Health Care

Hopes growing after fertility treatment breakthrough

Hopes growing after fertility treatment breakthrough

This section can then be re-implanted later to grow if the person wishes to start a family.

Her team will next seek to flawless the process before seeking legal permission from the Human Fertilisation and Embryology Authority to attempt to fertilise the lab-grown eggs.

Writing in the journal Molecular Human Reproduction, researchers from Edinburgh and NY describe how they took ovarian tissue from 10 women in their late twenties and thirties and, over four steps involving different cocktails of nutrients, encouraged the eggs to develop from their earliest form to maturity.

However, putting the tissue back carries a risk of reintroducing cancer. Before reaching this level of maturity, eggs can not be fertilised.

The study, carried out by the Royal Infirmary Edinburgh, the Centre for Human Reproduction in NY and the Royal Hospital for Sick Children in Edinburgh, was supported by the Medical Research Council.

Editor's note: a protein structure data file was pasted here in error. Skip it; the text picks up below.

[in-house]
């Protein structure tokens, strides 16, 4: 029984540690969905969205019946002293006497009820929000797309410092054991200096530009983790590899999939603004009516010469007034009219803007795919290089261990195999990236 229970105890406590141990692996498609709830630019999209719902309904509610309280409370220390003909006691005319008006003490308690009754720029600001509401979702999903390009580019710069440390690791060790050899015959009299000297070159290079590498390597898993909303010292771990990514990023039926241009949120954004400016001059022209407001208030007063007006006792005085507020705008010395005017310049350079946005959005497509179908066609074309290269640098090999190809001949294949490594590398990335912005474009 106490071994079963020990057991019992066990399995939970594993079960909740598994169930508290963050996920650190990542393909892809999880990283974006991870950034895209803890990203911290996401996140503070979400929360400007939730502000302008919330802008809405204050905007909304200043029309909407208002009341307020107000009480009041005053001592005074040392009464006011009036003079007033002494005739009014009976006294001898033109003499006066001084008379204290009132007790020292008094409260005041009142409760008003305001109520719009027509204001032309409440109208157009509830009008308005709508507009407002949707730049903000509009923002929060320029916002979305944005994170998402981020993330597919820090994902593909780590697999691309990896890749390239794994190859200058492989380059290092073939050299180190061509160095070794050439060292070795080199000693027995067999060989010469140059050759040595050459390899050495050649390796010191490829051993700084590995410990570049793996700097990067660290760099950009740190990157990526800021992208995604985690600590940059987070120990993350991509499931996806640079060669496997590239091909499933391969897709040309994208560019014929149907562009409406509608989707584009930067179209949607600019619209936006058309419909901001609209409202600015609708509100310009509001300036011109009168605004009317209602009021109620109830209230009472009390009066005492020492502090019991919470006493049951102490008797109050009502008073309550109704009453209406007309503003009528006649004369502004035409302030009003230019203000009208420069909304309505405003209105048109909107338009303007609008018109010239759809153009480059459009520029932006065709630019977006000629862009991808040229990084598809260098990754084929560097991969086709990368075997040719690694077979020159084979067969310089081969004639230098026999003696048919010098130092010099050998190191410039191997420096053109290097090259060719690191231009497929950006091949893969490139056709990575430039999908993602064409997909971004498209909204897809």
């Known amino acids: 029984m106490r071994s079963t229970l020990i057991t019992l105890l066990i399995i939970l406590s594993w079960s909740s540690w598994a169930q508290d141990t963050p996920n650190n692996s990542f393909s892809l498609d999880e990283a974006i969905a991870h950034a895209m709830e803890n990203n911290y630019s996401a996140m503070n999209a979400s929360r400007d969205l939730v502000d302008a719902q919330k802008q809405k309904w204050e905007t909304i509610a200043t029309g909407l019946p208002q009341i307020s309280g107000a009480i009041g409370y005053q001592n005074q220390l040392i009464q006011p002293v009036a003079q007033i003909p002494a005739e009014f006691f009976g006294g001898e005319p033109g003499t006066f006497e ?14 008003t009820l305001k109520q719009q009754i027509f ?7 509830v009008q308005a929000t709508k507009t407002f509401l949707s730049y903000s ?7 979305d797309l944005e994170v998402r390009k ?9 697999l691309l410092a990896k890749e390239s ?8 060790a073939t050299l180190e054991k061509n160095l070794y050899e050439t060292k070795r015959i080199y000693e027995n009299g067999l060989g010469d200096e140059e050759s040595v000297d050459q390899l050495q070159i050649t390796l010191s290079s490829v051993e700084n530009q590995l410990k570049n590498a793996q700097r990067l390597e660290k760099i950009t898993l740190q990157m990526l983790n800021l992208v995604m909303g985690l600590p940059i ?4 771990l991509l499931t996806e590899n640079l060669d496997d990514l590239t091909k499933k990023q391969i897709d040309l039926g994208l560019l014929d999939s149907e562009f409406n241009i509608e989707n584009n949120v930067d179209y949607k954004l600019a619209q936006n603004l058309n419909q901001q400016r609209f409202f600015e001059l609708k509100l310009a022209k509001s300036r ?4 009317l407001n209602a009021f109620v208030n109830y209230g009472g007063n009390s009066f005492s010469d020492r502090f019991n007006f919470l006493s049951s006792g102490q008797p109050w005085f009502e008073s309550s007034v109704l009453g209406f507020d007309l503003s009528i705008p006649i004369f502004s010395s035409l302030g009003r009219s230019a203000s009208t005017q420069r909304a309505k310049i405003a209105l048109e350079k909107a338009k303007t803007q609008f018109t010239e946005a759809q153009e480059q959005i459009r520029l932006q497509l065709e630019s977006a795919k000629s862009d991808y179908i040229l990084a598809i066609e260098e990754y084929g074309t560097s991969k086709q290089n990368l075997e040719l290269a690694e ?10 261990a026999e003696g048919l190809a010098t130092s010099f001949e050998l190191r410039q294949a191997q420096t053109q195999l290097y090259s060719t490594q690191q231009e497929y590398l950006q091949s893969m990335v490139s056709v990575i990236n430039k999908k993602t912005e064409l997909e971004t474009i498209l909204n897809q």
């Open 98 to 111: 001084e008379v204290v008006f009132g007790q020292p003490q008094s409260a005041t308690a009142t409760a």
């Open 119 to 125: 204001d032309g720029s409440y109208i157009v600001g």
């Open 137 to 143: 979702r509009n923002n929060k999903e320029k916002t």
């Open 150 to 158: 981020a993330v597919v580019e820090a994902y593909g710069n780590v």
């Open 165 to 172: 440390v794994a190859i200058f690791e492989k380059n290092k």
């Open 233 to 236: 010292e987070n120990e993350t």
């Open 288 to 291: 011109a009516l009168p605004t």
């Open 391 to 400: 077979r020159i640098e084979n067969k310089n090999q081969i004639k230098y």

Growing human egg cells to full maturity in the lab holds promise for women who have to go through sterilising treatments such as chemotherapy.

An egg needs to lose half its genetic material during development, otherwise there would be too much DNA when it was fertilised by a sperm. This knowledge could boost understanding of infertility treatments and regenerative medicine.

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"The full development of human ovules in the laboratory can widen the range of treatments available to increase fertility".

Women are born with immature eggs in their ovaries that can develop fully only after puberty.

"But that has to be tempered by the whole lot of work needed to improve the culture conditions and test the quality of the oocytes [eggs]".

Scientists have grown human eggs in a laboratory for the first time - a breakthrough that could have huge implications for fertility treatment.

The egg cells were developed right from the earliest stages in ovarian tissue all the way to full maturity.

Martin Ledwick, Cancer Research UK's head cancer information nurse, said: "Fertility preservation is an important issue for many patients whose treatment could leave them infertile". Here, they have, through meticulous experimentation, worked out how to complete the third and final stage. Evelyn Telfer, one of the researchers, said, "It's very exciting to obtain proof of principle that it's possible to reach this stage in human tissue".

He adds: "It will be a while until this is implemented in the clinic but, if and when it is, this will be seen as one of the seminal advances".